Our final stop was Montevideo (population 1.3 million), and is the capital of Uruguay (population 4 million), and for the first time since Brazil really took time to relax. The final weeks in Brazil were hectic, trying to leave, getting stuck in towns for longer than we should, and just trying to find a bus that would get us to Uruguay. But this place was different. The people wandered the streets without the haste that the rest of South Americans did. Everyone looked relaxed, happy, and calm as they wandered with one hand on their mate cup and a thermos of hot water in the other. We were told later that there is an art that only Uruguayans have in carrying their thermos under their arm,, and even the Argentineans don’t possess the same skills (first of all, if you don’t know what Mate is, ask me when i get back and secondly, this story was told by a Uruguayan… but i tend to believe it; Argentines sit with their Mate, Uruguayans walk EVERYWHERE with it). For 5 days we took in the city like the people, with no real rush to see the sights, and lots of wandering around. We did one or two things a day, one of the highlights was the market and the amazing Bife de Lomo (steak) that we had their; Cows outnumber people 4 to 1 in Uruguay, so the beef there is fairly amazing.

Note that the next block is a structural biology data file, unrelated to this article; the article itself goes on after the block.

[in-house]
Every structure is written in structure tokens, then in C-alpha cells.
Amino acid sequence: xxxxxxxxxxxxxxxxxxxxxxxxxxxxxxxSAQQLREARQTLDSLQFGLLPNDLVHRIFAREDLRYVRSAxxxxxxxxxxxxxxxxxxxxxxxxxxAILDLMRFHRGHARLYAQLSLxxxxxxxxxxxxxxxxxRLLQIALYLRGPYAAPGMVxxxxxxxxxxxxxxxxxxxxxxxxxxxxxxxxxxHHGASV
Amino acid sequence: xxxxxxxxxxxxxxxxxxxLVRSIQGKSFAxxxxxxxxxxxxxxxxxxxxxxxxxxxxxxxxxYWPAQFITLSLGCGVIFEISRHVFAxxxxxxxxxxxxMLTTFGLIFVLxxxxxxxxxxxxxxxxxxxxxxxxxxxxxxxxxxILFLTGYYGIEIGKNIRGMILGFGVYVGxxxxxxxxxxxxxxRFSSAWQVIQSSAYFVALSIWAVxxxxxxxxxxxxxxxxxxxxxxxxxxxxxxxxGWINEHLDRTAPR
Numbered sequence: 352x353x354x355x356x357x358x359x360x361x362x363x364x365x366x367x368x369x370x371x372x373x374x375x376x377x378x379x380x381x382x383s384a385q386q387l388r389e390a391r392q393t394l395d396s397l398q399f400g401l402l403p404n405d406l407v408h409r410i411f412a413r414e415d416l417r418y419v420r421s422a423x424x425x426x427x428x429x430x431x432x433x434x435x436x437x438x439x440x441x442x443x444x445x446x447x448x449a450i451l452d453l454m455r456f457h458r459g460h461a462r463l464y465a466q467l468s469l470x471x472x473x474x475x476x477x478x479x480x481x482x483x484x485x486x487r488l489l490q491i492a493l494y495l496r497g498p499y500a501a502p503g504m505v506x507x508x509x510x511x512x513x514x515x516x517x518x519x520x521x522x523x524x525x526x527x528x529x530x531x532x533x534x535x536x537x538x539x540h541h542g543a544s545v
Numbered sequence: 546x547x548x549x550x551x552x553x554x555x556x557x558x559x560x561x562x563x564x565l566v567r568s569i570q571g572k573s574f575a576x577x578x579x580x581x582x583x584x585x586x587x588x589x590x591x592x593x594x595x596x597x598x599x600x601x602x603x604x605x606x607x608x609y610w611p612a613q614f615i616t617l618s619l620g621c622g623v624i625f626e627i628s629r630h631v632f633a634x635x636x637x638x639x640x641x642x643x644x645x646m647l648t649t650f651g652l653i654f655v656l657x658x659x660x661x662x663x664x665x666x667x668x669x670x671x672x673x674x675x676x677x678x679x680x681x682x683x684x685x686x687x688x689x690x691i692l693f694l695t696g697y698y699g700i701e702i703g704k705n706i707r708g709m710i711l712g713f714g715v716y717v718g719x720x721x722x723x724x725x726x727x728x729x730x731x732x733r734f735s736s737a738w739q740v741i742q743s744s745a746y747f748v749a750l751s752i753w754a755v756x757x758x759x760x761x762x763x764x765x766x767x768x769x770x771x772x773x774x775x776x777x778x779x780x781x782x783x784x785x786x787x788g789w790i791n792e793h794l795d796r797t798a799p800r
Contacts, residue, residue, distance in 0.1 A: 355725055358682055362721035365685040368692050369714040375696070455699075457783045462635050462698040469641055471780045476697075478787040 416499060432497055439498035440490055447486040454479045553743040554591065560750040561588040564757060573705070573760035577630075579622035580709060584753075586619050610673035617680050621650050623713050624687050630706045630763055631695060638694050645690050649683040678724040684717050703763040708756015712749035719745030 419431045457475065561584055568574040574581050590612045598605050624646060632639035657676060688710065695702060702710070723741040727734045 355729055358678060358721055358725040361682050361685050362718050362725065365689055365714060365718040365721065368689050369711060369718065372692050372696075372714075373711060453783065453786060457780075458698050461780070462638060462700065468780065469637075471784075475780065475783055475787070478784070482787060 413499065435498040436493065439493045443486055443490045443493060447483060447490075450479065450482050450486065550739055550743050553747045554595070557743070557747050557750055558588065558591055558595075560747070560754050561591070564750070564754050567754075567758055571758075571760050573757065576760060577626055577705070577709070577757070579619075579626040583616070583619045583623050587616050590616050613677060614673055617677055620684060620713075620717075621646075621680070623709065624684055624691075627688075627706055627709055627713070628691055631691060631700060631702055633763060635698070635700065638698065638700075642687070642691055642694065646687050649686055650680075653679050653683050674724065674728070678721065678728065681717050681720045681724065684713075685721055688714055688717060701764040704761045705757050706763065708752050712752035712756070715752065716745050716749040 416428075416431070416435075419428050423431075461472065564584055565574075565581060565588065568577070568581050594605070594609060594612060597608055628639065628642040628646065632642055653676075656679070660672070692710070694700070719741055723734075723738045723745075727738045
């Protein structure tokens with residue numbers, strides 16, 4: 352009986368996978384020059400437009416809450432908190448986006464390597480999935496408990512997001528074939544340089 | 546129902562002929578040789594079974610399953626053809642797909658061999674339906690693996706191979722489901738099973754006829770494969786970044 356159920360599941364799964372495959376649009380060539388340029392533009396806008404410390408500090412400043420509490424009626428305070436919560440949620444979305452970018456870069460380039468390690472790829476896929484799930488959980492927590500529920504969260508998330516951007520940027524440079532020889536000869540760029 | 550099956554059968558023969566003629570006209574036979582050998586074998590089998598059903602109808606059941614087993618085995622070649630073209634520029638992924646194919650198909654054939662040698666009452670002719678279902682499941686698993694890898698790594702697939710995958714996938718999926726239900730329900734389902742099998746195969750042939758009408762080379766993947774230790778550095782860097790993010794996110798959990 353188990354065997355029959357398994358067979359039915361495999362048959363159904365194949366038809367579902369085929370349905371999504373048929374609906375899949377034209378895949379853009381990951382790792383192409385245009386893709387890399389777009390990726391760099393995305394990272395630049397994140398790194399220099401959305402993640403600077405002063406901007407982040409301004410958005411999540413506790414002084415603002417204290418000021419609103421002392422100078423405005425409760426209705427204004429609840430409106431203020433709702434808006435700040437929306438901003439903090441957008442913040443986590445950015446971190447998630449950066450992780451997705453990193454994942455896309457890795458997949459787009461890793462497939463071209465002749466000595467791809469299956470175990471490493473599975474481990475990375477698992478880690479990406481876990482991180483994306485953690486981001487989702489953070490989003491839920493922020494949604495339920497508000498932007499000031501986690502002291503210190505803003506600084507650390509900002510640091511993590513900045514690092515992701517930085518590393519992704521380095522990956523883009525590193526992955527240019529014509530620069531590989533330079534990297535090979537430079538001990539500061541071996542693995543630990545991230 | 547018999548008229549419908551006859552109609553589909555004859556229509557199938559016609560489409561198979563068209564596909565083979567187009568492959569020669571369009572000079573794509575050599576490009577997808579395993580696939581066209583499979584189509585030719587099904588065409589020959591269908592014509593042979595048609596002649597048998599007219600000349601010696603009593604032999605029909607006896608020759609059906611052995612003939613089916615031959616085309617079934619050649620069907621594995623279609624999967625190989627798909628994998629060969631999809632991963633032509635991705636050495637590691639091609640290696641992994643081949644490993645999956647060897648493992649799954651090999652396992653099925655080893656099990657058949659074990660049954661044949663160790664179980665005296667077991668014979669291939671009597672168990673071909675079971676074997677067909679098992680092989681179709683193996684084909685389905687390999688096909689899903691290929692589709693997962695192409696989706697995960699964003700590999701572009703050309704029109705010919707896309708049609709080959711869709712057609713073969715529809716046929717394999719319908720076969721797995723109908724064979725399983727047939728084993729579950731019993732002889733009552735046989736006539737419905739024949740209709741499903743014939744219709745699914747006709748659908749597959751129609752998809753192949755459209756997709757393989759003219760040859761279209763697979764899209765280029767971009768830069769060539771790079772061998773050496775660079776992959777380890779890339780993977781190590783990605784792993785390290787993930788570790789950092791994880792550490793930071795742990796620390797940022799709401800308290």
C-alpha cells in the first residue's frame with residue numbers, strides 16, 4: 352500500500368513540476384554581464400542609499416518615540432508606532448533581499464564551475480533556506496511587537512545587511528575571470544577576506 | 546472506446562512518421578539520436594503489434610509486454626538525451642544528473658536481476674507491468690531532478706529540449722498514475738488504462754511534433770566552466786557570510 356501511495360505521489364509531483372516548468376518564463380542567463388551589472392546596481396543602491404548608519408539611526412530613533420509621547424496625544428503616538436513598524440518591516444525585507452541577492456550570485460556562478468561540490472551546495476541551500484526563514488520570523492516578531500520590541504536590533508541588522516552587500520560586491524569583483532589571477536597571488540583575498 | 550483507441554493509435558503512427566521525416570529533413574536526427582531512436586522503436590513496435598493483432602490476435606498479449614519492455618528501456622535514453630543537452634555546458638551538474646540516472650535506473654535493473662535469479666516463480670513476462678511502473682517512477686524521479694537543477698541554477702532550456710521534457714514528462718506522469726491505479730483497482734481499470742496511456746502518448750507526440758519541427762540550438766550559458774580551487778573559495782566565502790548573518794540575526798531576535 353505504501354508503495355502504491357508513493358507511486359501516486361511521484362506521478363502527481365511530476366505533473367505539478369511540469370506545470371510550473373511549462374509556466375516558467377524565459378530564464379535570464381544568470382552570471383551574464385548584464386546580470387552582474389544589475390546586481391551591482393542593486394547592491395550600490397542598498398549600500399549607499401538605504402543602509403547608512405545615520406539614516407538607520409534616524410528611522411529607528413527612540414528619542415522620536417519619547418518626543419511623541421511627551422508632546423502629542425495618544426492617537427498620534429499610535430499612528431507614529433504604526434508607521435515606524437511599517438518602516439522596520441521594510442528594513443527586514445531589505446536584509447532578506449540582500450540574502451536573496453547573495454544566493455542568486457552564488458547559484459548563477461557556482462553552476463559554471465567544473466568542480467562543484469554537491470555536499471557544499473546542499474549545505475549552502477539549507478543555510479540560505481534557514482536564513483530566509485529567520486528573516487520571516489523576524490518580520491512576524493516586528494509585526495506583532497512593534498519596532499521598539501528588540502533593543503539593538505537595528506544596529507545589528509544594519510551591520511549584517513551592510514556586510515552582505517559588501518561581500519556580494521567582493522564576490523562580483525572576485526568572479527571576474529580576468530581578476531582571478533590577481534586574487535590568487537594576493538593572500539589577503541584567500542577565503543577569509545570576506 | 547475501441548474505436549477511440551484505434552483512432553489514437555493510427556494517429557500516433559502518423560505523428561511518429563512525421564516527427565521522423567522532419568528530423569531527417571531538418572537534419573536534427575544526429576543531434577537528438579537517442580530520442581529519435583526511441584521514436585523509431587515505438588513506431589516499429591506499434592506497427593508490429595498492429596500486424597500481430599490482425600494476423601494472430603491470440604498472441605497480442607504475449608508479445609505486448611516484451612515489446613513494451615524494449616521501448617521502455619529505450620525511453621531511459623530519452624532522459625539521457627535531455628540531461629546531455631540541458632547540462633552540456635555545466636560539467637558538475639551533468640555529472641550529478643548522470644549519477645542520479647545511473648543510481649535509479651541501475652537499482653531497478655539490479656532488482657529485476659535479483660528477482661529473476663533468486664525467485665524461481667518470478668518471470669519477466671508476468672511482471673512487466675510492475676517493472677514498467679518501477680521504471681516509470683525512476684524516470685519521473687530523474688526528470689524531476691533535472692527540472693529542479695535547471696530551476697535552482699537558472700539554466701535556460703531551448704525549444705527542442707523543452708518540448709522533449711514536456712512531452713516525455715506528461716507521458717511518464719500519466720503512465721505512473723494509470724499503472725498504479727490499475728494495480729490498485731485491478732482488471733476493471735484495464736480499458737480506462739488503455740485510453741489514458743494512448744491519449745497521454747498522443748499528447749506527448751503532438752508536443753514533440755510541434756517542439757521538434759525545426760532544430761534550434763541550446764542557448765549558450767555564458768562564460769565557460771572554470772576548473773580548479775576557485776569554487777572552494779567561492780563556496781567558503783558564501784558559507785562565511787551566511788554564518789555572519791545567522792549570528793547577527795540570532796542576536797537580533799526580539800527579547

After our relaxing stay in Montevideo, we caught a bus to Colonia do Sacramento, and unfortunately did not have time to see the town before catching the ferry to Buenos Aries, Argentina. We had an amazing time in Uruguay, but needed to get on with our trip, as we figured we were running out of time. We made a tentative schedule as to how much time we could spend everywhere and made plans for a two week stay in Buenos Aries, which would leave us enough time to see the rest of the country as well as Chile, Bolivia and Peru……. Only 20 minutes into the boat trip we got bored and in an attempt to kill the 3 hours before our arrival in Buenos Aries, went to stand on the upstairs deck when we saw a guy in a Jamaica Futball jersey who waved us over to “stand in his circle”. He was Javier (who we just call “J”) and he lived in Colonia and was going to visit friends in Buenos Aries, and fortunately spoke fluent English. We sat down with his friends, all Spanish speakers, and he helped translate for us while we drank cup after cup of Mate. This managed to eat up the rest of the ferry trip and in no time we were closing in on Buenos Aries. We stood on the deck and watched in amazement as the massive city of Buenos Aries came closer and closer in to view. The skyline was lit up and as we got closer and closer the city just kept looking bigger and bigger. We both stood and watched in amazement as the city, home to 13 million people, began to reveal itself, and as the boat docked, we knew that our 2 week stay in Buenos Aries was going to be amazing……..